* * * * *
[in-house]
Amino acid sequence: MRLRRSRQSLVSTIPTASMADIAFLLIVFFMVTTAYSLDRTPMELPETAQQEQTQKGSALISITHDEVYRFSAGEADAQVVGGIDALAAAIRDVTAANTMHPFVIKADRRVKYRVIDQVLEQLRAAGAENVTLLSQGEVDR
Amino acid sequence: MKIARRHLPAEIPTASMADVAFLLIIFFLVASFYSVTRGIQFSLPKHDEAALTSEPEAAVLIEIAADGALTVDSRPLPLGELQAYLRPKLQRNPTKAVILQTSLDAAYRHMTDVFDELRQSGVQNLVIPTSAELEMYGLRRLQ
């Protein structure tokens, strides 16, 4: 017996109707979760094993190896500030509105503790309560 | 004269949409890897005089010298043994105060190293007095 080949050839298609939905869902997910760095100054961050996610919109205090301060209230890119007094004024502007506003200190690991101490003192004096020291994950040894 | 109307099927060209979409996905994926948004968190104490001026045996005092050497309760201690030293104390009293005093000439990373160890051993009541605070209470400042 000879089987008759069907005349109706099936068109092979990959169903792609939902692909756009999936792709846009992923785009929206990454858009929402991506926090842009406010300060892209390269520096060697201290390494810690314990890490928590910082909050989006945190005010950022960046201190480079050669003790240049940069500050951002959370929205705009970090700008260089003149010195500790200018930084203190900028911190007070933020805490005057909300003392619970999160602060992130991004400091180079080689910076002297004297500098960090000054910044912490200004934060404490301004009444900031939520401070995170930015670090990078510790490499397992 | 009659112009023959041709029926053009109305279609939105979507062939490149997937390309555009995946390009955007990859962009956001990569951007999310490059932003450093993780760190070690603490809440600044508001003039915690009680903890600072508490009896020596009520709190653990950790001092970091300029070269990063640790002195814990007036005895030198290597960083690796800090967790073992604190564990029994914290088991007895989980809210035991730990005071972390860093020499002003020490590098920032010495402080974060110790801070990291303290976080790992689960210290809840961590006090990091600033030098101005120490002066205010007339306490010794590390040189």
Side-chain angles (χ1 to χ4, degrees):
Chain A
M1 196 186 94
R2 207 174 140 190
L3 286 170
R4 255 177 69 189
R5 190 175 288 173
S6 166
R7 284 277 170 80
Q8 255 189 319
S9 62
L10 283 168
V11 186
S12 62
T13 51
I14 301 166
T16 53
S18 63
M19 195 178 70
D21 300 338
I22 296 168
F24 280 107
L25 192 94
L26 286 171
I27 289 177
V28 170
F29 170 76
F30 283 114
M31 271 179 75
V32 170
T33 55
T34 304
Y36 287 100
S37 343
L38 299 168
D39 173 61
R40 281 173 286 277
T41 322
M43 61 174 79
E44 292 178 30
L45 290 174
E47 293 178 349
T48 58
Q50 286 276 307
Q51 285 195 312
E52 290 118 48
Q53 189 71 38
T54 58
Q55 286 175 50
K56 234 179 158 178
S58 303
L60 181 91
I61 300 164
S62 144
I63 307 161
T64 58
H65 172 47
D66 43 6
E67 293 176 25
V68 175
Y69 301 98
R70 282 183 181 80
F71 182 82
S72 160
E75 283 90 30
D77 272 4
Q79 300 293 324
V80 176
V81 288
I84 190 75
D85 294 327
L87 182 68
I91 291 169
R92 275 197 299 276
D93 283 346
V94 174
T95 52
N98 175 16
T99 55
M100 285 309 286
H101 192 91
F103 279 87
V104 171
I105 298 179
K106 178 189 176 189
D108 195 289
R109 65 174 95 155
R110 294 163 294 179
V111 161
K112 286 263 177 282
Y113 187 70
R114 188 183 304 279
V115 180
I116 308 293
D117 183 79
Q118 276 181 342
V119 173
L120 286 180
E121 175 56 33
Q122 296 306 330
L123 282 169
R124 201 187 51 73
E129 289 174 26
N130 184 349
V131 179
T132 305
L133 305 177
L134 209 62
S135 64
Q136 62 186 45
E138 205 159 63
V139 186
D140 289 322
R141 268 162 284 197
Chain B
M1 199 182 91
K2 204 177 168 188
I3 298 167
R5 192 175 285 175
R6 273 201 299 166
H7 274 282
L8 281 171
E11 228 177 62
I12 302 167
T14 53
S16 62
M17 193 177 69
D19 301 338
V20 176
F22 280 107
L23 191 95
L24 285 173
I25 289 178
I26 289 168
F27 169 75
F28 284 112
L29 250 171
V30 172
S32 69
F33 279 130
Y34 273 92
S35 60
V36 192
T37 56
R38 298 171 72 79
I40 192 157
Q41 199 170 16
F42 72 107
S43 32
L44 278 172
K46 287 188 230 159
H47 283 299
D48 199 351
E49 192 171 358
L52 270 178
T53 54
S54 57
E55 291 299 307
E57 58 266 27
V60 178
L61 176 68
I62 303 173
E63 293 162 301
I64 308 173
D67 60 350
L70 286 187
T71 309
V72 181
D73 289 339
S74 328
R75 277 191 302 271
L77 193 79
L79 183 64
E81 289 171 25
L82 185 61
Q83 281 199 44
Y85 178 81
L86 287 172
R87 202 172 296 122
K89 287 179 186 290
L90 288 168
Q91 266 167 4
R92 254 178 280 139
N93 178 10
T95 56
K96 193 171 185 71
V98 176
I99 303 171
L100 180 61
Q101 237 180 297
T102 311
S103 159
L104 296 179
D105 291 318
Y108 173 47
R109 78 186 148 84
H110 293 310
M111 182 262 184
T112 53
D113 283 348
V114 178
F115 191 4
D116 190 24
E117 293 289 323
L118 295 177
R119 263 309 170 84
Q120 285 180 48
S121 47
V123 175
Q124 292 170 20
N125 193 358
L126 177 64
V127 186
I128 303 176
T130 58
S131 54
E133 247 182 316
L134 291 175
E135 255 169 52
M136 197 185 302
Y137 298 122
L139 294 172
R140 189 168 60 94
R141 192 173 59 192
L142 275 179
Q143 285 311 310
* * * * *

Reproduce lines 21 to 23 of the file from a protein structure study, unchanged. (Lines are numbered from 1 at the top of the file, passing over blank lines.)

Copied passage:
T16 53
S18 63
M19 195 178 70